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"Star" and "Bamboo"

From the 1st Session of the Imperial-Diet until the Sino-Japanese War, the so-called early period of the Diet, the influential figures, MUTSU Munemitsu, GOTO Shojiro, KONO Togama, et al., all moved in complicated and subtle ways within the interstices between the Satsuma-Choshu Government and the popular parties. Of these, the person whose actions drew the most attention from the worlds of bureaucracy politics, and journalism was MUTSU, who had the reputation of being both "The Razor" and "The Devil." Ever since the days of SAKAMOTO Ryoma's Kaientai, MUTSU was close to the Tosa faction of the Liberal Party. Though he was the son of a high retainer of the Kishu domain (Wakayama), "Tosa" is even listed as his birthplace in the bureaucrats' register of the early period. MUTSU's longtime friends from Tosa included ITAGAKI Taisuke President of the Liberal Party, NAKAJIMA Nobuyuki, the first speaker of the House of Representatives, and TAKEUCHI Tsuna, who was Prime Minister YOSHIDA Shigeru's father. MUTSU's younger sister was NAKAJIMA's deceased wife Hatsuho, making him NAKAJIMA's brother-in-law. Further more, due to his tenure as governor of Kanagawa Prefecture, he had intimate relations with the leader of the Kanto faction of the Liberal Party, HOSHI Toru. MUTSU was in control of the so-called Kishu-gumi (Kishu Band) the Representatives from Wakayama Prefecture, he could use them as his "foot soldiers" to exert significant influence on that Assembly. Whenever there were conflicts in the House of Representatives, MUTSU's actions became a focus of attention: sometimes he was looked upon with admiration, and at other time with suspicion.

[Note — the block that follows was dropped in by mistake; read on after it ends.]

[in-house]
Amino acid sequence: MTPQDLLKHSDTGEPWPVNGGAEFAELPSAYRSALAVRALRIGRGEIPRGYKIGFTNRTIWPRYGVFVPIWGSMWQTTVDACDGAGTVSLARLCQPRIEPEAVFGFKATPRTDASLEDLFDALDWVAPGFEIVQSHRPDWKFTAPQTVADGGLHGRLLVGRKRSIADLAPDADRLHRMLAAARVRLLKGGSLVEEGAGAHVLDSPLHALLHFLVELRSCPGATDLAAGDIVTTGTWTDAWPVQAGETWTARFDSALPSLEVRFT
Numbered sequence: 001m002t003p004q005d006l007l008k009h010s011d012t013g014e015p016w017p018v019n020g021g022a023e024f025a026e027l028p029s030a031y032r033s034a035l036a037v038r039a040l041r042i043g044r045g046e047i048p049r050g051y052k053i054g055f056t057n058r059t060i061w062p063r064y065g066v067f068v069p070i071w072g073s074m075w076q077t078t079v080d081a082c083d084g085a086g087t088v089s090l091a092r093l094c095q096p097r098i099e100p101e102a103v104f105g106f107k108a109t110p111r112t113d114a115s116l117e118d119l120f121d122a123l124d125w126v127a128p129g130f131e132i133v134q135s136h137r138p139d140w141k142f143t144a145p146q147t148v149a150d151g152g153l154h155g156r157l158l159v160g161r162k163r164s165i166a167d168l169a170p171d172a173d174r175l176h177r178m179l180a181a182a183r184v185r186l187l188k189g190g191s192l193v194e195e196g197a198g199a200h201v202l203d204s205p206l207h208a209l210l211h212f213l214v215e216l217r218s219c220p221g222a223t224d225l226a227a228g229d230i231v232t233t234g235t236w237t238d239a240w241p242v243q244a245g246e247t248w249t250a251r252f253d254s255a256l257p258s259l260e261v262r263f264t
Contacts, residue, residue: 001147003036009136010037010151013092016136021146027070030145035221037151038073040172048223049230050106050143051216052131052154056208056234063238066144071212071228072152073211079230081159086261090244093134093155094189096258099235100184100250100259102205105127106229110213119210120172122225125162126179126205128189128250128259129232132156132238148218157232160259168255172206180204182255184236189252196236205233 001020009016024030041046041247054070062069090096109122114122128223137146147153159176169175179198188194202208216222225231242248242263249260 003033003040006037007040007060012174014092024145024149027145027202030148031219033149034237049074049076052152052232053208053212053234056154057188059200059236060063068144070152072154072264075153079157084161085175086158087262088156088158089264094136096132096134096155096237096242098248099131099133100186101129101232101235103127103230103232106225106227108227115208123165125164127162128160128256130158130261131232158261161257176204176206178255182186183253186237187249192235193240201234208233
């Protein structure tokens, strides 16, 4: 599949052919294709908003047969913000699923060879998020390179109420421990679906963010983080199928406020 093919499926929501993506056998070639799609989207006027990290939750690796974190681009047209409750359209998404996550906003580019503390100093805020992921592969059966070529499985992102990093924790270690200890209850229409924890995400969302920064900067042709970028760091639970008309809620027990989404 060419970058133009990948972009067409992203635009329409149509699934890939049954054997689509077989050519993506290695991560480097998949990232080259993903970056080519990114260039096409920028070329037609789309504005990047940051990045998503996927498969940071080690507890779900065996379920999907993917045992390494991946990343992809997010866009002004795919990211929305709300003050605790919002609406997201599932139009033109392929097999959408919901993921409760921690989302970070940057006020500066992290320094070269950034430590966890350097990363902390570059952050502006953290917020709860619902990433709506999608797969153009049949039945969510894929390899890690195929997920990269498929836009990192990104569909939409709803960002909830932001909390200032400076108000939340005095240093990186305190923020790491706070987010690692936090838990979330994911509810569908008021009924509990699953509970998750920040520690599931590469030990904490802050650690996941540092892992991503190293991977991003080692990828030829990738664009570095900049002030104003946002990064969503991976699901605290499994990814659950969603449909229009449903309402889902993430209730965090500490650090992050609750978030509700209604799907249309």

One of the Diet members who MUTSU relied upon as a contact person to apply pressure on the Diet was his younger cousin OKAZAKI Kunisuke, a leading member of the Dokuritsu Kurabu, a neutral faction. The Papers of OKAZAKI Kunisuke include numerous letters with provocative contents describing MUTSU's secret directives, such as "to take steps to make HOSHI the House speaker", and "Use the 'address strategy'," repeating the same questions to bring out the contradictions in the Cabinet members' answers.

MUTSU in his later years (at his villa in Oiso) From "Mutsu Munemitsu" [portrait]
MUTSU in his later years (at his villa in Oiso) From "Mutsu Munemitsu"
HOSHI Toru, circa 24 July 1892 (Meiji 25) Papers of HOSHI Toru, #195 [portrait]
HOSHI Toru, circa 24 July 1892 (Meiji 25)
Papers of HOSHI Toru, #195

Letters, it goes without saying are written of paper. Unlike vocal language, which disappears as they are spoken, paper remains as an artifact. Though the likelihood may be slight, it is not entirely impossible that an undesirable third party may set eyes on it, through theft, surreptitious reading, copying, forwarding, etc. In his letters with secret matters, MUTSU often signed his name as "you know who" or "Fukusuke" (the latter seems to have come from one of his pseudonyms "Fukudo"). When the person he wanted to influence was HOSHI, he would substitute the English word "star" using katakana characters phonetic "alphabet" sutaa, and when he was talking about the newspaperman TAKEKOSHI Sansa (Yosaburo), an adherent, he would write the English word "bamboo" in the katakana phonetic "alphabet". One wonders how tight his secrets really were, if all he did was to substitute part of their family names into English. KURODA Kiyotaka was adept at describing people by using OO, as in count OO, but merely substituting "star" for HOSHI is too easily decipherable. The least he could have done was to use the German "Stern" or the French "etoile" instead.

Still, this was the doing of MUTSU Munemitsu, whose shrewdness was legendary. He probably never intended to hide the identities of those people at all, and instead, he may have really just been having some fun with the situation!

Letter from MUTSU Munemitsu to OKAZAKI Kunisuke 26 January 1896 (Meiji 29)Papers of OKAZAKI Kunisuke, #11-4

Letter from MUTSU Munemitsu to OKAZAKI Kunisuke January 26, 1896 (Meiji 29) Papers of OKAZAKI Kunisuke, #11-4 [Historical materials image]
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